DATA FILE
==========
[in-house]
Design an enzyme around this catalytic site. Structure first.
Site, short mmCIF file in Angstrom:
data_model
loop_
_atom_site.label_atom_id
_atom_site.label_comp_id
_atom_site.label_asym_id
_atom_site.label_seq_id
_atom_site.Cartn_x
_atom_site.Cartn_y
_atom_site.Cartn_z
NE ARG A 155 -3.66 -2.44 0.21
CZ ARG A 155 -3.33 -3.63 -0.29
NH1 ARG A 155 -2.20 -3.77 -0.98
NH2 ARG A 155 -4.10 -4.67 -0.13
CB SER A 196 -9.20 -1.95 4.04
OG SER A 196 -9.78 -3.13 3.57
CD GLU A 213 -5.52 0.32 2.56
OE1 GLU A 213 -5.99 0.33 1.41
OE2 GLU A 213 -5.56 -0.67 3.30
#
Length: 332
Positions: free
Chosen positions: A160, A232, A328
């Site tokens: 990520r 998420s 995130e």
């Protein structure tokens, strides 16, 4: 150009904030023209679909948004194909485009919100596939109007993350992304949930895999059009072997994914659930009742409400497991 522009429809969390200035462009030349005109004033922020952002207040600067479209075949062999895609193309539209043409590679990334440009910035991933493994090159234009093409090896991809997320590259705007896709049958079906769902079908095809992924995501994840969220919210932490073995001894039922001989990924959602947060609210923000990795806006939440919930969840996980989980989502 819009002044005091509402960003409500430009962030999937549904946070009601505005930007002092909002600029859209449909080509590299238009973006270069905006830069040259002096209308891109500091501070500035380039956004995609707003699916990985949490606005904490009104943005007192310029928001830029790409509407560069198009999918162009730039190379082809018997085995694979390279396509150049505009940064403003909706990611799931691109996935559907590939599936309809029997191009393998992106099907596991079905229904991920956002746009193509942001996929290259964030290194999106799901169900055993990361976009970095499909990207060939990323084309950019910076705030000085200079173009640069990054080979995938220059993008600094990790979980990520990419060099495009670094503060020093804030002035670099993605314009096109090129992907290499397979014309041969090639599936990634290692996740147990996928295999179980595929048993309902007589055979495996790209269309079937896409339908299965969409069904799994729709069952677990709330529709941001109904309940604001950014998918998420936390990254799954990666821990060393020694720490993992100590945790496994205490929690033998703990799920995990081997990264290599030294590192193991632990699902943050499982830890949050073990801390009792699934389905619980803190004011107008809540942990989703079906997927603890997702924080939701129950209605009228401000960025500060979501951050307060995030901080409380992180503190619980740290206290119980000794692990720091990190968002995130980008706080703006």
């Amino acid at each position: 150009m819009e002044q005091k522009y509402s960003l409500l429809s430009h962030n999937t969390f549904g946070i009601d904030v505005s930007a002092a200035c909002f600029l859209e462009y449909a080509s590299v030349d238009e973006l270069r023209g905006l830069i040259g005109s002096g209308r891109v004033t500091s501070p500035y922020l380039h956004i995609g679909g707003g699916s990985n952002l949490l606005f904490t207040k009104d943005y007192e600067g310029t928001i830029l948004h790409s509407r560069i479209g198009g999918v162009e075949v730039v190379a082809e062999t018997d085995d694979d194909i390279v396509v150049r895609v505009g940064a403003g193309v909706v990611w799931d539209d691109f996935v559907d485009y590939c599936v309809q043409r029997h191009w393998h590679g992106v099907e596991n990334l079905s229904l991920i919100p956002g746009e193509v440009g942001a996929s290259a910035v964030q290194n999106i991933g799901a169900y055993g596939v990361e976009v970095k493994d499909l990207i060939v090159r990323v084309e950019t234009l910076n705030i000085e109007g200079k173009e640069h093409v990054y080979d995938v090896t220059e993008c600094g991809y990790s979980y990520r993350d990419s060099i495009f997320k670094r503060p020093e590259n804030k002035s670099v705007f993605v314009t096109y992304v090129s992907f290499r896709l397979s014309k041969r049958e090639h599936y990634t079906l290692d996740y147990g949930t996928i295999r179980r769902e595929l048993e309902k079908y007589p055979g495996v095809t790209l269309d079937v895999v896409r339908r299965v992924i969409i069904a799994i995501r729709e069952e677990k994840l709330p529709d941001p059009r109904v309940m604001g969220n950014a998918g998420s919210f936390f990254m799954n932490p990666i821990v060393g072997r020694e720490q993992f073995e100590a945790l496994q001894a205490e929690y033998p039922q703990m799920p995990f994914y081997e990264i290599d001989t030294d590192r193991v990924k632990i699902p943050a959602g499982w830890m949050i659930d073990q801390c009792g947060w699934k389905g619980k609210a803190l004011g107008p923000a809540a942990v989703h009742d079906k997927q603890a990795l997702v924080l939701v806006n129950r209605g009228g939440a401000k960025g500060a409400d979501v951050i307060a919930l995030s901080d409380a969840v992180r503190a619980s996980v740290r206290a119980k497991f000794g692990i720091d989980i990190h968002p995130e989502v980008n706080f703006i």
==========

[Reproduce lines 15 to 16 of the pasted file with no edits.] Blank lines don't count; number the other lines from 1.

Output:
NH1 ARG A 155 -2.20 -3.77 -0.98
NH2 ARG A 155 -4.10 -4.67 -0.13